can imagine someone that young, who had built their entire
life and identity around one artist run on a company
and balancing at that time was such a powerful figure.
No other company in America would be able to hire
Susanne Ferrell to dance, even though she was one of
the pre eminent dancers of her generation, for fear of

(39:06):
incurring the ire of balancing. Balanchine was so fond of
perfumes that leaves the scent of that dancer behind, and
it's still permeates. Teenage Stephanie's a Land joined the company

(39:28):
a couple of years after Suzanne had been forced out.
The muse was still in the air, her presence lingered.
My parents got me as my graduation present, my grief
a bottle of perfume, and I remember just bathing in

(39:48):
the scent. And at the time Suzanne Farrell had gone
away from the company, and I got into the elevator,
I believe, with Balanciine and carn vent Ding. Karen was
another famous dancer at the company. When Stephanie stepped into
the elevator, she says she saw something change on Mr

(40:09):
B's face, a little bit of a look of displeasure
or surprise or or unease, and Karen just looked at
me sideways and kind of cringed, and I didn't know why. Afterwards,
Mr B got out and she let me know that
the perfume was definitely to be discarded. It had been

(40:32):
Suzanne's perfume. Years later, Suzanne Farrell would eventually return to
balancing in his company, finally forgiven. They continued to work
together for years until Balancing's death. Suzanne Farrell's story is
one of ballet legend, now a piece of balancing history
that lingers in the air, and not everyone sees eye

(40:55):
to eye on it. Historian Jim Styken is someone who's
been publicly critical of how Balanche treated Susanne. She's never
denounced him for the way that he treated her, but
you know, it was really shocking the way that she
was treated, and it's hard not to think about it
in terms of like a you know, blacklisting of like
someone who spurs your romantic overtures, who chooses another man

(41:19):
over you, and then you are going to punish that
woman professionally and ensure that her livelihood is endangered and
that she can't have autonomy over her own career and life.
So it's, um, it's a really tricky case. A lot
of people have criticized me for kind of parsing it

(41:40):
out and writing about it. I don't know how you
can call that anything but a misogynistic, abusive power and
something that you know, even if she won't denounce him,
it's like the actions kind of speak for themselves. This

(42:11):
is what Suzanne Farrell wrote in her memoir. Quote that
Balancie spent his life building pedestals for his ballerinas to
stand on is no secret, and although some might protest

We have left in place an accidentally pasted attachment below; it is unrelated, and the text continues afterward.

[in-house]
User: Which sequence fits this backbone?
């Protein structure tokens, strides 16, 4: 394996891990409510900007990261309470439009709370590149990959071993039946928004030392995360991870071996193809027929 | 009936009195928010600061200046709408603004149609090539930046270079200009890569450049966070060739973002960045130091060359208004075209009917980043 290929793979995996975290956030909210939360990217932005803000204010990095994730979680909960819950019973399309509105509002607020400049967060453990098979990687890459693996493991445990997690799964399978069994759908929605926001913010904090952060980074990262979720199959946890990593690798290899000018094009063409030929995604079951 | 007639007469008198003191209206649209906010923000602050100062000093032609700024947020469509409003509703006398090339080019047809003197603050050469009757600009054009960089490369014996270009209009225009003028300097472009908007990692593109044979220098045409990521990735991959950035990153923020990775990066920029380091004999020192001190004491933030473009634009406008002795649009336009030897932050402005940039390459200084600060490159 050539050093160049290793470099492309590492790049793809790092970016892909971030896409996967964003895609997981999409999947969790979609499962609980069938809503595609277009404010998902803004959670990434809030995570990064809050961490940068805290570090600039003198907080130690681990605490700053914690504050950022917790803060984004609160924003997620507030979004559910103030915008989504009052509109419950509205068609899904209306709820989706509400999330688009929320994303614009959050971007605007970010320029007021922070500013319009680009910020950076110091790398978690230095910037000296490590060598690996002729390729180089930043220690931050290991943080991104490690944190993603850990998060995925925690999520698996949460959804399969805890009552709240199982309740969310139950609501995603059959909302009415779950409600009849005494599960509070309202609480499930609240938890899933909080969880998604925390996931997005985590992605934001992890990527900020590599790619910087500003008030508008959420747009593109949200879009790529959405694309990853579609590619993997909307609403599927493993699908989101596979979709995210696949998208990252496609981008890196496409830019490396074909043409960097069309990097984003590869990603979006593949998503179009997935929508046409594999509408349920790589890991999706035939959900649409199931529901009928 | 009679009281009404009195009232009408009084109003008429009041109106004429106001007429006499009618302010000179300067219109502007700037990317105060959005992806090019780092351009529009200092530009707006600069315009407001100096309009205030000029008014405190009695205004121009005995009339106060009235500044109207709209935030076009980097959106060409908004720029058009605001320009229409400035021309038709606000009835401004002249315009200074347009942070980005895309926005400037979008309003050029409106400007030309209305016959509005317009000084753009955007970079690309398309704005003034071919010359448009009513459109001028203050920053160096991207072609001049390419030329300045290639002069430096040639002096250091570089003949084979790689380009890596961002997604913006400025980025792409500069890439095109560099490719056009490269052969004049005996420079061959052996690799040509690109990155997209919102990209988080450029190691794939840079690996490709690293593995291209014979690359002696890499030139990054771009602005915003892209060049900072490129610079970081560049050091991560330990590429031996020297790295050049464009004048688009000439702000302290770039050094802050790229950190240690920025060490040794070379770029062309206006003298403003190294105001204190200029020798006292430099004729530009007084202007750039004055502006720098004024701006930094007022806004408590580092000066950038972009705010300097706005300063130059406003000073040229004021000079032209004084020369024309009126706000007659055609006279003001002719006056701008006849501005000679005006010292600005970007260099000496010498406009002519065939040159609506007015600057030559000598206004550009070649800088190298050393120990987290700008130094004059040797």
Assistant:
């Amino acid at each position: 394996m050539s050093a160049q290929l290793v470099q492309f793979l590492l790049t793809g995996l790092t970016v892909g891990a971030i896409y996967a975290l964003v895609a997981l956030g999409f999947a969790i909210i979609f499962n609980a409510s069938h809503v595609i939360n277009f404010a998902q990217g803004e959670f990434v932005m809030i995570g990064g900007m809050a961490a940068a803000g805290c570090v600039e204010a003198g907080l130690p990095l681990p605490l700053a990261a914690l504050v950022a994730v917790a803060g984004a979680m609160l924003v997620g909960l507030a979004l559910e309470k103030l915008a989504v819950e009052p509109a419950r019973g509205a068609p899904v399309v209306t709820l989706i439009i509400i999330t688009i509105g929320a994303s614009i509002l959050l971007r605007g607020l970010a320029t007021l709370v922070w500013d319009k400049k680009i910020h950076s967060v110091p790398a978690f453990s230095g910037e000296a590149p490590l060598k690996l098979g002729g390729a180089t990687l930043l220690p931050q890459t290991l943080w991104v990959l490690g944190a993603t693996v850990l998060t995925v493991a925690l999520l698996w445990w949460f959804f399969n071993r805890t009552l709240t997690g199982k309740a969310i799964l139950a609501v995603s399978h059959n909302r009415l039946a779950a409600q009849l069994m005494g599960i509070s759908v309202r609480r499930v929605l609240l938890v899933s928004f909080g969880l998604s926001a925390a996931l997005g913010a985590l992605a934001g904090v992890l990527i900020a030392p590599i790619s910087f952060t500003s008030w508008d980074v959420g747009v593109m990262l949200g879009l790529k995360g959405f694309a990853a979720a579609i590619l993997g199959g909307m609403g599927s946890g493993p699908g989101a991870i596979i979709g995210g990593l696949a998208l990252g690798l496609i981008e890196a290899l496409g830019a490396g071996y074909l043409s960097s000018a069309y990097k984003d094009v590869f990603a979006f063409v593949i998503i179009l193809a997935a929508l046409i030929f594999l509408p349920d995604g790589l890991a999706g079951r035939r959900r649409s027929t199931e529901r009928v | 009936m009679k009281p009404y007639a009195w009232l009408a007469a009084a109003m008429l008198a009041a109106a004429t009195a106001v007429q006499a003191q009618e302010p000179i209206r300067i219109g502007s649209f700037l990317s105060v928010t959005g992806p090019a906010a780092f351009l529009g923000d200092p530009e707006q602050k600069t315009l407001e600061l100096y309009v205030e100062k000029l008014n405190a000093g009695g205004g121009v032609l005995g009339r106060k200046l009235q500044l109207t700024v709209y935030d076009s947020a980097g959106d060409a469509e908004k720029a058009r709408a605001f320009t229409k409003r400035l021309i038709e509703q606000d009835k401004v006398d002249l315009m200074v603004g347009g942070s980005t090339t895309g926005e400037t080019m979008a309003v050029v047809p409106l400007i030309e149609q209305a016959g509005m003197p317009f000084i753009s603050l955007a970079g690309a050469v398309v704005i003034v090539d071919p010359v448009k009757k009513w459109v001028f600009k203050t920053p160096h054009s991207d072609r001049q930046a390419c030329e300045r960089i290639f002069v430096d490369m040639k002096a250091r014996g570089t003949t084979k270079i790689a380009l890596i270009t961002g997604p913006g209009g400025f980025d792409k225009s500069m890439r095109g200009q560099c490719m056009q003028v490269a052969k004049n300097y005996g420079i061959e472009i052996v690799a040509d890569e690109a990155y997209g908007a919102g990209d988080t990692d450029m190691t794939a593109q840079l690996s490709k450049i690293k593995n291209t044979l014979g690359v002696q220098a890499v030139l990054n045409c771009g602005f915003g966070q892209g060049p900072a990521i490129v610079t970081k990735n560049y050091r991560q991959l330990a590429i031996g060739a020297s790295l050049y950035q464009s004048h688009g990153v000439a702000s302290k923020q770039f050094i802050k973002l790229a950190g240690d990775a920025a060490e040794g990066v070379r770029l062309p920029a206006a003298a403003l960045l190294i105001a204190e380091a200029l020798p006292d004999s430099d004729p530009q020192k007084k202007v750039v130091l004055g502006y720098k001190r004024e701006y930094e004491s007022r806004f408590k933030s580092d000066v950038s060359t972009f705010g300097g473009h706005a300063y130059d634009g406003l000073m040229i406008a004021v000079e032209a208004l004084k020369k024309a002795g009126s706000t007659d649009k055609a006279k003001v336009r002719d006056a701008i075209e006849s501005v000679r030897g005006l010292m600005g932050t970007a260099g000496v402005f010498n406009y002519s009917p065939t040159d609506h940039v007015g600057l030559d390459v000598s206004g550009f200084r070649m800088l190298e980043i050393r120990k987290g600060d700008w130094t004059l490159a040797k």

the position as one of inequality, no one who has
ever been there has ever complained it is the most
humbling and beautiful place I've ever been. Balancine was a

(42:32):
feminist long before it was the fashion. He devoted his
life to celebrating female independence. End quote Suzanne Holly Taniquiel
Alegra Stephanie. They all performed Balancie's ballet Apollo. They all

(42:55):
played the roles of Apollo's muses on stage. Apollo is
such a beautiful ballet. I can't help but love it.
But something about it bothers me too. As much as
the muses have their moments, you know that Apollo is
the center. The muses are important, but they're important because
of what they do for him. Apollo is the god.

(43:17):
He is in control. Apollo, or Balancing, keeps the muse
on her pedestal right where he can always see her.
Balancing has many famous quotations, but maybe the most famous

(43:39):
is that he loved to say Ballet is woman. People
often quote Ballet as a woman as a sign of
his reverence for the female body and the role of
women in his art. It's a phrase you hear all
the time. What does it really mean? How feminist is
the phrase ballet is one? And this is the rest

(44:02):
of what Balanchine had to say. Quote. Man is a
better cook, a better painter, a better musician, composer. Everything
is man, sports, everything. Man is stronger, faster. Why because
we have muscles and were made that way. And woman
accepts this it is her business to accept. She knows

(44:24):
what's beautiful. Men are great poets because they have to
write beautiful poetry for women. Odes to a beautiful woman.
Woman accepts the beautiful poetry. You see. Man is the servant,
a good servant. In ballet, however, woman is first. Everywhere
else man is first, but in ballet, it's the woman.

(44:48):
All my life. I've dedicated my art to her. Next

(45:21):
time on The Turning Gone unchecked. Bad things can happen,
and they did, and then people are scared. You know,
people are still afraid to talk. The Turning is a

(45:46):
production of Rococo Punch and I Heeart Podcasts. It's written
and produced by Allen Lance Lesser and Me. Our story
editor is Emily Foreman. Mixing and sound designed by James Trout.
Jessica Carissa as our assistant producer. Andrea Swage is our
digital producer. Fact checking by Andrea Lopez Crusado. Special links

(46:09):
to a leg or Kent if you want to check
it out. Her autobiography is called Once a Dancer. Also
to Susanne Farrell and Tony Bentley, who wrote the memoir
Holding Onto the Air, and Jim Stiken, whose book is
called Balancine and Kirstine's American Enterprise. Our executive producers are

(46:29):
John Parotti and Jessica Alpert at Rococo Punch and I
Get Trina Norvelle and Nikki Etre at iHeart Podcasts. For
photos and more details on the series, follow us on
Instagram at Rococo Punch, and you can reach out via
email The Turning at Rococo punch dot com. I'm Erica Lance.

(47:00):
Thanks for listening. M